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Thread: changing orfice

  1. #14
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    Nov 2000
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    Quote Originally Posted by mrlighturfire View Post
    I always change everything from indoor coil from line set with a new condenser. In my opinion it avoids call backs and everything is matched up correctly. Not sure about goodman but I know Lennox for sure still uses orifice.
    Goodman does use orifice metering on 13 and some 14 SEER systems. So does Carrier.
    Government is a disease...
    ...masquerading as its own cure…
    Ecclesiastes 10:2 NIV


  2. #15
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    Quote Originally Posted by bobb25 View Post
    If you have an owner that’s SO cheap that he doesn’t want a TXV, then IMO, walk away from the job. If you REALLY need the work, then CYA. Make sure you write in the contract something like “recommend changing inside coil” and “no warranty on labor”.

    Straight air is pretty forgiving, and you shouldn’t have any trouble, at least for the first year, especially if you use a Scroll compressor. Just make sure everything is clean and done to the best of your ability when you do the work. If you explain everything to the owner, then your conscience is clear, because it was his decision. Cheap people end up paying more in the long run by not doing the job right the first time.

    If he does ever call you for repairs, make sure you tell him labor isn't covered before you hang up the phone. Guys like that have a way of forgetting, and not wanting to pay. The contract will come in handy if he doesn't pay the service call and you have to go to small claims court.
    Why would you install a txv if it isn't needed?

    The real adverse issue here is why in the world would you put a new outdoor unit with an existing, unknown capatibility, indoor coil?
    Government is a disease...
    ...masquerading as its own cure…
    Ecclesiastes 10:2 NIV


  3. #16
    Join Date
    Jul 2005
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    5,293
    Quote Originally Posted by fliks View Post
    Could you explain why the orfice should possibly be slightly larger instead of smaller.
    The amount of liquid that flows through the piston depends upon the size of the piston and upon the pressure difference across it. Increasing either of these will increase flow.

    Since the 13 SEER condenser typically runs a much lower head presssure than the old condenser, you'd have to increase the piston size in order to get the same rate of refrigerant flow as before.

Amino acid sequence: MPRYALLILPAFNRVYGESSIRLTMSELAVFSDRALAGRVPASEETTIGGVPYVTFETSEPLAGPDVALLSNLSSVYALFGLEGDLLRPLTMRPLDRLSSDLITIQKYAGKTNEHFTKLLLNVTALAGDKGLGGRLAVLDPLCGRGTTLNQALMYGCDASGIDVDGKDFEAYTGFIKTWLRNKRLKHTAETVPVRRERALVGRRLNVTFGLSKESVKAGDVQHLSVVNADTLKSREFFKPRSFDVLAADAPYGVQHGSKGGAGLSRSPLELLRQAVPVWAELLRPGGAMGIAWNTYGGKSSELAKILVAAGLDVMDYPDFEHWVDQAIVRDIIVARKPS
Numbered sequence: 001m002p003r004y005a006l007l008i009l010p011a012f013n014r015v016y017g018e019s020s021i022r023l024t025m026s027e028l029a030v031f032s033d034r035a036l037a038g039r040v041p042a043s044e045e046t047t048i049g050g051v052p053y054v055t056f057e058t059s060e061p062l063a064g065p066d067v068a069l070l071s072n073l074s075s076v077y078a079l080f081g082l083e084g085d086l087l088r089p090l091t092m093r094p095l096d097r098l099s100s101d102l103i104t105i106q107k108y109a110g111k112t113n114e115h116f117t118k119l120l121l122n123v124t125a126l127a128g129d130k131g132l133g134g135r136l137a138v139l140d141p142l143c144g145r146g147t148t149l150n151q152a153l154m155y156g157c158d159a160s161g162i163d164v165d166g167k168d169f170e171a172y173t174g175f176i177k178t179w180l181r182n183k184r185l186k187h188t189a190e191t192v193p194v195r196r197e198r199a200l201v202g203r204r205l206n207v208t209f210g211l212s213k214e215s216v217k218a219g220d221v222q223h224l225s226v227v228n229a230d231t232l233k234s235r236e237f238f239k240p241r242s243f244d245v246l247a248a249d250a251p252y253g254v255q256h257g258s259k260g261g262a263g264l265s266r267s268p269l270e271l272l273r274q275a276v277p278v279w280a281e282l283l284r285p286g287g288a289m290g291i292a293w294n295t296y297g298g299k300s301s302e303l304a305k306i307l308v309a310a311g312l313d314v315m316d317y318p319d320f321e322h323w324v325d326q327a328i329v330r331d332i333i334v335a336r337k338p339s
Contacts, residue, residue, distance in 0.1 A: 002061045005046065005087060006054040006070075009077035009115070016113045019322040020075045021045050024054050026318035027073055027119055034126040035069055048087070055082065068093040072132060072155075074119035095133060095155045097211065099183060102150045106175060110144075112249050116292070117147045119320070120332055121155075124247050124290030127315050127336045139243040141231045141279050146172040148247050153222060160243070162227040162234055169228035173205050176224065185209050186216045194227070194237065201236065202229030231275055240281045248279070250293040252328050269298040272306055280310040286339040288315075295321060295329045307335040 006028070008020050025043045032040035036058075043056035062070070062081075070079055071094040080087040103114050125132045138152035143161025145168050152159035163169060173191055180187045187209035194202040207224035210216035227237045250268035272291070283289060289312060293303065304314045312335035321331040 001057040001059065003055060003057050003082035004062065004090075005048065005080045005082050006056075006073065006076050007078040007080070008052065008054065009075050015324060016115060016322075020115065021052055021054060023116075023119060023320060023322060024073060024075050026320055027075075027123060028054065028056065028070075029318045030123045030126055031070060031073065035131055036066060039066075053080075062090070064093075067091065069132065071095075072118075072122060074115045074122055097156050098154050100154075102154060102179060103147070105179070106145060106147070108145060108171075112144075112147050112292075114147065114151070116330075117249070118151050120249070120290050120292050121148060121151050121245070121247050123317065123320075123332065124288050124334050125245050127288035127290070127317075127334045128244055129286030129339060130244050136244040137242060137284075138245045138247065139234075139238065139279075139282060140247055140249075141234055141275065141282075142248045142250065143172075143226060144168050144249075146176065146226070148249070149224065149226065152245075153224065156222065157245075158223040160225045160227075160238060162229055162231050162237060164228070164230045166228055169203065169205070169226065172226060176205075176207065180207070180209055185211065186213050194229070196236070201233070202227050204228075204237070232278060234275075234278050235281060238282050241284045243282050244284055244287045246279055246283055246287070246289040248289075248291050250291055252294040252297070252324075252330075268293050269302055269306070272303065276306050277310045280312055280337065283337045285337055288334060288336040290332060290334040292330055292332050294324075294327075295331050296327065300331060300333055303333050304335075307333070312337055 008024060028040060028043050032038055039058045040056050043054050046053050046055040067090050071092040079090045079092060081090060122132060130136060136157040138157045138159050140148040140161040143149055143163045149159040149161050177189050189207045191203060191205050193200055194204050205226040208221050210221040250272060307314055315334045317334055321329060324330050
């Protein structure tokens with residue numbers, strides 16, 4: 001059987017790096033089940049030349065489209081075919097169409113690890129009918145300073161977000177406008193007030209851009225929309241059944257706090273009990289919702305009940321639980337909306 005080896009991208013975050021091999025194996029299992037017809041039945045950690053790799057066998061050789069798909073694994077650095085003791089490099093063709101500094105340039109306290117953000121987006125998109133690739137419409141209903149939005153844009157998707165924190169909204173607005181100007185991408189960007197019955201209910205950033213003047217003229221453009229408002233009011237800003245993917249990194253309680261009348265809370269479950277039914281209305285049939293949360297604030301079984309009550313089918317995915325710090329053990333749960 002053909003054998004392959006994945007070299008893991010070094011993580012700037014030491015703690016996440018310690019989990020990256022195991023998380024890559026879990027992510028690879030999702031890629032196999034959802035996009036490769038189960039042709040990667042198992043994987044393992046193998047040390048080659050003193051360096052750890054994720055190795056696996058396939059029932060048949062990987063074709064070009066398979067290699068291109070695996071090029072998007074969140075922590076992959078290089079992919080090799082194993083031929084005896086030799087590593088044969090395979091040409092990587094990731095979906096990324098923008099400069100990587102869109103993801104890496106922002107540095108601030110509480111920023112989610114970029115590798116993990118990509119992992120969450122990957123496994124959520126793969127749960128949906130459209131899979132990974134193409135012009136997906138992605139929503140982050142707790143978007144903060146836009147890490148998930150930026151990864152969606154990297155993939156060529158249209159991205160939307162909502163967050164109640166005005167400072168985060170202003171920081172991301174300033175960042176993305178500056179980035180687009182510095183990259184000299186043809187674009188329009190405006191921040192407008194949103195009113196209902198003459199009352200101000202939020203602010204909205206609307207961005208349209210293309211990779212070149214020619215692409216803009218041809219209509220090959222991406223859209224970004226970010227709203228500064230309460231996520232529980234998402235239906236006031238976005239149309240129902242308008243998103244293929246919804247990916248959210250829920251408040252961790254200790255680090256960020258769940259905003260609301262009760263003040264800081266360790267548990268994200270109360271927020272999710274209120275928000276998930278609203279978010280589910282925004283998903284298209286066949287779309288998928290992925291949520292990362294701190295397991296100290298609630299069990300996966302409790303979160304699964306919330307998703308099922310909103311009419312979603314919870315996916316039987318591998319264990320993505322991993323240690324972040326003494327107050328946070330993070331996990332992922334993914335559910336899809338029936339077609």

Carrier allows matching 13 SEER condensers to preexisting piston metered coils. They provided dealers with a piston selection chart for that purpose.

    If you don't have something from the condenser manufucturer that tells you what size indoor piston to use, then a TXV is the best option. Also, depending upon the situation, it can be as cost effective or more cost effective to simply replace the coil. I won't say that coil replacement is absolutely necessary, because it isn't, unless your local or state codes require it.

    If replacing the piston is the only option given you, then the correct piston size can be found by trial and error. The correct piston is the one that provides the recommended subcooling for the condenser, and simultaneously provides a superheat value that corresponds to a standard superheat charging chart. Perfection isn't going to happen, it just needs to be in that ballpark as close as possible.

    Piston sizes marked on evaporator coil cases or in evaporator coil literature are immaterial, these are usually just telling you what piston the coil shipped with. But the piston must match the condenser, and should be resized accordingly for liquid line diameter, length, and rise. Indoor air volume should also be checked beforehand.

    A successful upgrade to a 13 SEER condenser on an old evap coil isn't out of the question, but it can take a bit of doing sometimes even when you know how to go about it.

    IMO, this should never be attempted on a heat pump system, straight cool only.
    Last edited by hvacrmedic; 02-11-2008 at 07:44 PM.

  4. #17
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  5. #18
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    Jan 2008
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    I'd be concerned about liquid reaching the compressor. Can the evaporator boil off all the excess refrigerant when you upsize the orfice? You might want to ask the apartmentment manager this question. I'm sure he'll know what you're talking about.

  6. #19
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    Quote Originally Posted by 2old2rock View Post
    I'd be concerned about liquid reaching the compressor. Can the evaporator boil off all the excess refrigerant when you upsize the orfice? You might want to ask the apartmentment manager this question. I'm sure he'll know what you're talking about.
    Piston metered systems are charged by superheat. The very purpose of superheat charging is to prevent flood back. Also FWIW, apartment managers in general aren't typically trained in hvac fundamentals.
    Last edited by hvacrmedic; 02-11-2008 at 07:43 PM.

  7. #20
    Join Date
    Dec 2007
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    89
    Find Another Co To Work For. Poor Customer Satisfaction!

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